By the time I had painted the third, most recent, painting in the series, I had learned from experience to keep the colour of the mountains light. The falling rain over the far mountain meant that most of the tones of the grass and bogland were much more muted than in the earlier paintings. There was a lot of greys and purples in the grass and gorse.
Each of the three paintings, although they are of a similar view, each has quite a different feel to it. They remind me how on some days you can stand and watch the light and colours change second by second in Donegal as the clouds move and showers sweep in from the west. The last one does that the most. I think my next challenge will be to paint a mountain scene without any houses at all, just sky and mountain and resist the urge to add detail!
18 thoughts on “Painting the Derryveagh Mountains”
I love these paintings especially “Rain over Dunfanaghy”. I like the skilled way you have captured the subtle transitions from the translucency and mistiness of clouds and mountains in the distance – to the solidity and intensity of colour in the fields in the foreground.
Thank you, Jessica.
Good morning Emma. Your paintings make me yearn for Ireland. 🙂
Thank you, Janet. It’s a wonderful place.
The last one is my favourite, Emma. Those clouds piled up on the mountain range are just beautiful. 🙂 🙂
Thank you, Jo.
Hello Emma, nice to read about your painting process and see more of your lovely work 😊
Thank you for stopping by, Margaret!
Love the depth in your paintings your method of drawing the eye in works so well
Thank you Faith for your perceptive and positive comment!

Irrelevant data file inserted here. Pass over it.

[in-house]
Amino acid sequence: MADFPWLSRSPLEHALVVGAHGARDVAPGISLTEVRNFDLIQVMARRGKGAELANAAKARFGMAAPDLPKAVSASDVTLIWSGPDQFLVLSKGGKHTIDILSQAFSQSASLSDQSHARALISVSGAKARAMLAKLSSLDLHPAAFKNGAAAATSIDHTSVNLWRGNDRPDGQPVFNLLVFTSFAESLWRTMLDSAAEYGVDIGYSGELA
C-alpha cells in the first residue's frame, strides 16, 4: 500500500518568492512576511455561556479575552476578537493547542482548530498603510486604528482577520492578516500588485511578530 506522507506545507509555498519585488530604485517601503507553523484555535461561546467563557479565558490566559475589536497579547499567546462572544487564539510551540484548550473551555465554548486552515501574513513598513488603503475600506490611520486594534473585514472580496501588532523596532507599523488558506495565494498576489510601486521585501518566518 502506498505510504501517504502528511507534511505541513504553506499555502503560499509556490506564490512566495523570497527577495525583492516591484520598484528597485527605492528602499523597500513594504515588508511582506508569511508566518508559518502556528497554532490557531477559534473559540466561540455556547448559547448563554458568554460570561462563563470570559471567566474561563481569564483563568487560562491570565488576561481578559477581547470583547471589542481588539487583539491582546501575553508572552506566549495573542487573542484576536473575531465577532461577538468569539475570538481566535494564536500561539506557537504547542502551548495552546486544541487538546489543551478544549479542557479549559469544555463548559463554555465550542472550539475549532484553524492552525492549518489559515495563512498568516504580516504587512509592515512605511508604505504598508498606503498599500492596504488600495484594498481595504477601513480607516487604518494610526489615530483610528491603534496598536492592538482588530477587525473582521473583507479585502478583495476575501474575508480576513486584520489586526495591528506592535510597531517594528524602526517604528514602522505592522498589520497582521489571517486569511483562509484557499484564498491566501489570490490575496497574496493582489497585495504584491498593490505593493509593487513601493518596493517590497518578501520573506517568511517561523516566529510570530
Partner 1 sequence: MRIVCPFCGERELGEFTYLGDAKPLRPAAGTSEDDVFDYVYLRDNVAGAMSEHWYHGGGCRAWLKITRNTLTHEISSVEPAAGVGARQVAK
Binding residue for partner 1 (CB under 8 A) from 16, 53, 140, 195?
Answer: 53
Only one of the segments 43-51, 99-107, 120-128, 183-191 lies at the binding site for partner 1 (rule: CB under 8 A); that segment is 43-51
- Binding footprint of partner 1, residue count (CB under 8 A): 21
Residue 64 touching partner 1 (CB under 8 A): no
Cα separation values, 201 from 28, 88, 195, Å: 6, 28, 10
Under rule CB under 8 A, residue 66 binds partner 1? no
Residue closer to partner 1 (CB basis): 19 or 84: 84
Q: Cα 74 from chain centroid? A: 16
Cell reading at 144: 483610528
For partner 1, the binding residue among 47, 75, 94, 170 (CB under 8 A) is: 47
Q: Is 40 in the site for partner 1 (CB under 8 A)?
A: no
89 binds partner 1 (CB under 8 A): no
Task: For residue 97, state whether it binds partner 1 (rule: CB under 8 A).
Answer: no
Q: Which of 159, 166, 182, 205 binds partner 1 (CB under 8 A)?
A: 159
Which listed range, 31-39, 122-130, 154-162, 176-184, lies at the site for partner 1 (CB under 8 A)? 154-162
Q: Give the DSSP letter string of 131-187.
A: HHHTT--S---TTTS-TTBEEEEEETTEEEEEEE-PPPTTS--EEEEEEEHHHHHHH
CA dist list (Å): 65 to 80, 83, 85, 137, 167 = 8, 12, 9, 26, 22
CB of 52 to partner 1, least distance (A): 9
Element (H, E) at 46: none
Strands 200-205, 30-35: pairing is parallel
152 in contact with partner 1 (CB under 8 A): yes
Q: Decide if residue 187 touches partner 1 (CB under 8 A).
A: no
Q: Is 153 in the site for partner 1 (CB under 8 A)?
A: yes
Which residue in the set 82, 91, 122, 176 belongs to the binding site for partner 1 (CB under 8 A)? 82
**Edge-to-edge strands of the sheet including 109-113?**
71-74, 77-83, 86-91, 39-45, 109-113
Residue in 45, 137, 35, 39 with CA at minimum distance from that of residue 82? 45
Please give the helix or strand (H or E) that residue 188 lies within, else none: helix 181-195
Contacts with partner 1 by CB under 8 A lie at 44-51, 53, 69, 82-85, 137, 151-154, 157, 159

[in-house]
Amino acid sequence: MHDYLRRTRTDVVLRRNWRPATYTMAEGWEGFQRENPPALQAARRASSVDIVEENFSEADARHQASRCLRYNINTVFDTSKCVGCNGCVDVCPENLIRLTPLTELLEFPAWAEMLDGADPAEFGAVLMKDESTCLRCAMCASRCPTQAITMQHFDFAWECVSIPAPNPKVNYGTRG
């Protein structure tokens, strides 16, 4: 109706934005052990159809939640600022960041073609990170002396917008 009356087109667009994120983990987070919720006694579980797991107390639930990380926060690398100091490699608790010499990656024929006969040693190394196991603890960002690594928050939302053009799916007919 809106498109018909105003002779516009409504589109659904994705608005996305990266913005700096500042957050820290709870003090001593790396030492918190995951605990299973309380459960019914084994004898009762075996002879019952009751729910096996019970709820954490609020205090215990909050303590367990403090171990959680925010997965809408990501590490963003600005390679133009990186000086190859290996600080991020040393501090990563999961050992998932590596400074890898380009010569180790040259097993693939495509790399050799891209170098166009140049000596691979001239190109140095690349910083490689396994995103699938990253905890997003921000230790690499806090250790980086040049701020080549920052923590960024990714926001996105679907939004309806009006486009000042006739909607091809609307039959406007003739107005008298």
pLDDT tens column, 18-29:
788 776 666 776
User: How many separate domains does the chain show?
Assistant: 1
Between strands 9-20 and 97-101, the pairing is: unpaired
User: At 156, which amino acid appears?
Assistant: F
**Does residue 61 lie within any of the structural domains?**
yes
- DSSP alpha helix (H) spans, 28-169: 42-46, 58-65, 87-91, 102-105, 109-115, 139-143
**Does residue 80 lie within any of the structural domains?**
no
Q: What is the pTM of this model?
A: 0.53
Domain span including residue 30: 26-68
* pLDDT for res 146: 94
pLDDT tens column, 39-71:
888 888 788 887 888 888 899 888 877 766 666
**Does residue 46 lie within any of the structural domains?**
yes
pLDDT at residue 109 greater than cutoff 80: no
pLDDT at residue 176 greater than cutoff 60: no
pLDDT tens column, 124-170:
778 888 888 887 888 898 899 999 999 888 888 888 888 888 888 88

Well, I like them all but I think I like the last one best. Or maybe I’m just a sucker for mist…
Yes, the misty rain!
Hi Emma, thanks for you discussion of process and approach in this post. It’s probably what I enjoy reading about most. I was chatting to my husband about this as we were watching painting tutorials last night – all the levels of thought and decisions that go into apainting. I was interested to read about the clear primer. It’s not something that I have used but gives a good result. I quite enjoy seeing a touch of canvas peeking out in a work. Wonderful results in all these works, but I agree that the third one is my favourite.
Thank you Leonie. The Linen canvases come with a clear primer. They are joy to paint on. Yes, I am generally happy with the colour of canvas showing through in places but I don’t think everyone does, sometimes people think it isn’t “finished” properly! I always have mixed feelings about sharing process. I suppose it’s because I dont want people to think about the “effort” that went into a painting but just enjoy the end result. Yet, as a painter, other artist’s process is also something I am very interested in too! Figure that out! Is that a form of prefectionism or hypocrisy – lol??!?
Love the wild wind. Your paintings always inspire.
Thank you, Peggy
The light in these paintings is fantastic! You have captured those moments when sun or brighter light breaks through the clouds and illuminates the hills below so well. Magic!
Thank you, Leueen.